If you are considering denture stabilization, make an appointment with your dentist today. They can help answer any questions you may have and can help ensure that you qualify for denture stabilization. In many cases, your dentist will perform a general checkup, such as x-rays to check on the structure of your jawbone as well as testing your current dentures to make sure they are still a snug fit. In some cases, simply remolding the base of your dentures can help provide the needed stability to prevent your dentures from slipping. A well-fitting pair of dentures can prevent frustration while eating and can improve the overall comfort for the patient.
If your dentist thinks you qualify for denture stabilization, they will walk you through the steps needed to prepare you for the procedure. If you have a history of infections or other medical complications your dentist may advise against dental implants, as they can increase your risk of bone infection. Here are some of the signs that you may need denture stabilization.
Ways to Check if You Need Denture Stabilization
If your dentures are constantly slipping or seem to not provide a constant surface for chewing, you may need denture stabilization. Denture stabilization can help with issues such as gapping, slipping, and discomfort caused by your dentures. Denture stabilization can also improve the quality of your bite and help you enjoy foods that may be problematic for traditional dentures, such as chewier or tougher foods.
Stabilized dentures are also easier to care for and are attached constantly, meaning you don’t have to take out your dentures when you sleep. This can help with the feeling of natural teeth replacements, as they are functionally indistinguishable from your natural teeth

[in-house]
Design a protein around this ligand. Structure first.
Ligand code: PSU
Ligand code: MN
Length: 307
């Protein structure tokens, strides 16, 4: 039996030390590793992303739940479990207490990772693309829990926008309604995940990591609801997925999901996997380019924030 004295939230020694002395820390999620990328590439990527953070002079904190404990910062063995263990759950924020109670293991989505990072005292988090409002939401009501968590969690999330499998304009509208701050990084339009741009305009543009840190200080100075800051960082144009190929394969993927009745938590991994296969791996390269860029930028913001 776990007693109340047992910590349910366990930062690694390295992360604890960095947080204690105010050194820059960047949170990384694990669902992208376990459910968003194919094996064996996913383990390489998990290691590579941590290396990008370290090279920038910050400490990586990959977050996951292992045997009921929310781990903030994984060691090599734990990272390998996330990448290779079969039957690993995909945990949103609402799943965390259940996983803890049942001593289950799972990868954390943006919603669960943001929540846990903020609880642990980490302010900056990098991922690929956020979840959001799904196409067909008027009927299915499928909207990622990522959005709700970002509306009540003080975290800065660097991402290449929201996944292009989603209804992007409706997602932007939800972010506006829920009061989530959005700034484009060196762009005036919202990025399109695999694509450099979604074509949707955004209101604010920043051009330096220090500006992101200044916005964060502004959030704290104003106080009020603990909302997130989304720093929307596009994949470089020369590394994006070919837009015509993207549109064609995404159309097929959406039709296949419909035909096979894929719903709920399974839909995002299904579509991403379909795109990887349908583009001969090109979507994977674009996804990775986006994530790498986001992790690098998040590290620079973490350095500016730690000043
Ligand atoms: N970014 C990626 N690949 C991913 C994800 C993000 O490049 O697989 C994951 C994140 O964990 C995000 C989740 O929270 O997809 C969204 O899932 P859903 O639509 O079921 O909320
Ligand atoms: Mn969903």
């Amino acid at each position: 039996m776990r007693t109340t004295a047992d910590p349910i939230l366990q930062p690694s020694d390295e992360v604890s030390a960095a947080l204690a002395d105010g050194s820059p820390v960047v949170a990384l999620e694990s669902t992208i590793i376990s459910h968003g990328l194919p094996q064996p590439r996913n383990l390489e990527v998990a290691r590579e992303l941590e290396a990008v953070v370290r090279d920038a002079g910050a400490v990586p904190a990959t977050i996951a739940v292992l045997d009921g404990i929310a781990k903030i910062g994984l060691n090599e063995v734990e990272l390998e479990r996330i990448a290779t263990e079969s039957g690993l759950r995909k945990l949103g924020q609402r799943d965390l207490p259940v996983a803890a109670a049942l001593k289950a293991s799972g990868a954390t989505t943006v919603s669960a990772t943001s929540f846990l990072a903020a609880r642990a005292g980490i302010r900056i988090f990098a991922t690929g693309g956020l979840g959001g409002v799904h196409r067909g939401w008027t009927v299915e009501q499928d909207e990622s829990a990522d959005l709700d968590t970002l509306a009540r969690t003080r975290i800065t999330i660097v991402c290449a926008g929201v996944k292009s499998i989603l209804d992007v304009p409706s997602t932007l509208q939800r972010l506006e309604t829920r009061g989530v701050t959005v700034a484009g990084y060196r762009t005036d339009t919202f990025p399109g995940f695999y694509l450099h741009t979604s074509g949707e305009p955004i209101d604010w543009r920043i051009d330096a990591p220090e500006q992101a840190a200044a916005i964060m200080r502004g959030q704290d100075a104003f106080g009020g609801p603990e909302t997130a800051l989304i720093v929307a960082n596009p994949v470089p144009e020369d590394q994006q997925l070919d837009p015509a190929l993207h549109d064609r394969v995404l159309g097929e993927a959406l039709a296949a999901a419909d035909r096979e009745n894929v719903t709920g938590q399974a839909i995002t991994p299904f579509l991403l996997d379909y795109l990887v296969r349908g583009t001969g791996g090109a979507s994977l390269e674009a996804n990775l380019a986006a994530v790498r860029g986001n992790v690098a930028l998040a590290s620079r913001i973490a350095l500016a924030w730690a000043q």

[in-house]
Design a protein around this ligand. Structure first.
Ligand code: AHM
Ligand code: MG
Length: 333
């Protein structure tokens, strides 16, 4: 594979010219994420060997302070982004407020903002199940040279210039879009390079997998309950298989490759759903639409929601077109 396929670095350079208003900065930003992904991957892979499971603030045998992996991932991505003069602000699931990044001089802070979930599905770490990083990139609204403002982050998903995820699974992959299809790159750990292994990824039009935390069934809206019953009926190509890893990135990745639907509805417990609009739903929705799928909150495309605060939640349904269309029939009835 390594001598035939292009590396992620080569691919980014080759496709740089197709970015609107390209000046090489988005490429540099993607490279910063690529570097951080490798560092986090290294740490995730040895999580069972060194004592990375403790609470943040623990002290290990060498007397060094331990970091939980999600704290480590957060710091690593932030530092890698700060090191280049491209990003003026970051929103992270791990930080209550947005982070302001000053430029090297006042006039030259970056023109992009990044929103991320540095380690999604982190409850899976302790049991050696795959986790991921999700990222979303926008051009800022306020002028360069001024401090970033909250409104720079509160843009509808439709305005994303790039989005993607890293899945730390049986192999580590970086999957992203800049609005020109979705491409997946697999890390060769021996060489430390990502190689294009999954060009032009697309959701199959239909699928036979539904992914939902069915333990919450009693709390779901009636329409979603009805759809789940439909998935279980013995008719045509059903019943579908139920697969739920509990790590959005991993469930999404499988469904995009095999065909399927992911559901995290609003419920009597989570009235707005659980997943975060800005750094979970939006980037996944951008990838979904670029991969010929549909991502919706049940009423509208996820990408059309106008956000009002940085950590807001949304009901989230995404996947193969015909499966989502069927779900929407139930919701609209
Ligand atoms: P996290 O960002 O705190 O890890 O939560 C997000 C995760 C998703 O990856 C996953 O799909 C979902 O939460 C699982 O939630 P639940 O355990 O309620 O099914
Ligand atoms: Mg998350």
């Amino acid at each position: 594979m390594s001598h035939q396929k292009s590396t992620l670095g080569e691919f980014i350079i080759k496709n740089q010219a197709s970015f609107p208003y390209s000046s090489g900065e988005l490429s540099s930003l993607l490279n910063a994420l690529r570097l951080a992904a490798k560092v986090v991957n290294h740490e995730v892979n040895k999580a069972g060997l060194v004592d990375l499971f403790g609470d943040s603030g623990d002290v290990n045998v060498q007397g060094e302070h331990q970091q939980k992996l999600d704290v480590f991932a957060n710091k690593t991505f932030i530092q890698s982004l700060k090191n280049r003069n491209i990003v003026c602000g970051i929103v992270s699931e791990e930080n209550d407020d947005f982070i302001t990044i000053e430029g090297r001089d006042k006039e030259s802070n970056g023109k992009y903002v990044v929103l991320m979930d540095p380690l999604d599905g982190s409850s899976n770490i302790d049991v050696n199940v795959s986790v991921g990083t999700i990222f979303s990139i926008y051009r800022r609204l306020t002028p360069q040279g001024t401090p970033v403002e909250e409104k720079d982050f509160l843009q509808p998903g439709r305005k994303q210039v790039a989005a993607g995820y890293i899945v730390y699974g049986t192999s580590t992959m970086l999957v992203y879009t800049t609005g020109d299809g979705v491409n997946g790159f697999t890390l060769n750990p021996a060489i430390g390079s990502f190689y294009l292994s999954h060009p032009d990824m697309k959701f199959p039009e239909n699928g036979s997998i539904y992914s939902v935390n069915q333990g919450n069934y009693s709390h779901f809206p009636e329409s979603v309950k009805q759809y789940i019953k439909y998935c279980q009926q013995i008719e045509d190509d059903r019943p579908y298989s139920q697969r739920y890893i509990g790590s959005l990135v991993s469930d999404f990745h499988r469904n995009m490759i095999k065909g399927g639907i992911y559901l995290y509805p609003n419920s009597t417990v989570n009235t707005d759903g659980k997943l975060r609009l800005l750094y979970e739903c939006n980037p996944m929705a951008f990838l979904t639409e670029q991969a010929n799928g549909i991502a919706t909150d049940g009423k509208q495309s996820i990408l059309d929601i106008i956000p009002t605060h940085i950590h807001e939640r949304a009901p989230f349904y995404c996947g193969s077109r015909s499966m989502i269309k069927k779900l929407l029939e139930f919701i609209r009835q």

If your dentures are constantly moving around in your mouth or feel like they are floating above your jawline, you may need a more secure set of dentures. Unstable dentures can cause uneven enamel wear on your remaining teeth or on the dentures themselves, leading to your dentures wearing out or breaking down. Uneven wear on your natural teeth can lead to increased sensitivity as well as a risk of cavities forming in areas where the enamel is thinner than others. A well-fitting pair of dentures can help your overall dental health, as well as help increase your self-confidence.
If you are looking for a set of secure, easy to care for, long-lasting dentures, denture stabilization can help. By anchoring your dentures to your actual jawbone, your full or partial denture set becomes indistinguishable from your natural teeth. In cases where a patient requires a full set replacement, they can care for your dentures can almost exactly the same as your natural teeth would be, meaning that you don’t have to mess with complicated soaking routines or food build up under the dentures themselves.
What is the Process of Denture Stabilization
First, you will set up an appointment with your dentist to find out if dental stabilization is right for you. If you have never had dentures, your dentist may suggest trying a traditional set of dentures first, as dental implant surgery does have a healing period. It is important to note that dental implants do have a chance of your body rejecting them, leading to frustrating reinstallation processes or gaps in your jawbone. However, if you and your dentist decide that dental stabilization is right for you, they will take an impression of your gums as well as an x-ray of your jawbone.
Before the procedure, your dentist will apply a sedative or localized anesthetic to help prevent discomfort during the installation process. Your dentist will drill a small hole in your jawbone and insert the dental implant. Once this process is complete, you will need to wait 2-4 weeks for the bone to grow around the implant to ensure that they are securely attached. After this process, your dentist will take a mold of your gumline and have a set of dentures made to fit your unique mouth shape. Once this is done, the full denture set is attached to your jawbone using the four dental implant posts. While it may take a few weeks for you to adjust to your new set of teeth, they should feel natural within 3-6 days. If you experience discomfort or pinching talk to your dentist, they may need to adjust the fit of your denture set to ensure the most comfortable fit for you.
If you are looking to find out more about denture stabilization, contact our office in Colorado Springs, Colorado. Our dental team is happy to answer any questions that you may have and are committed to helping you achieve a comfortable, beautiful smile.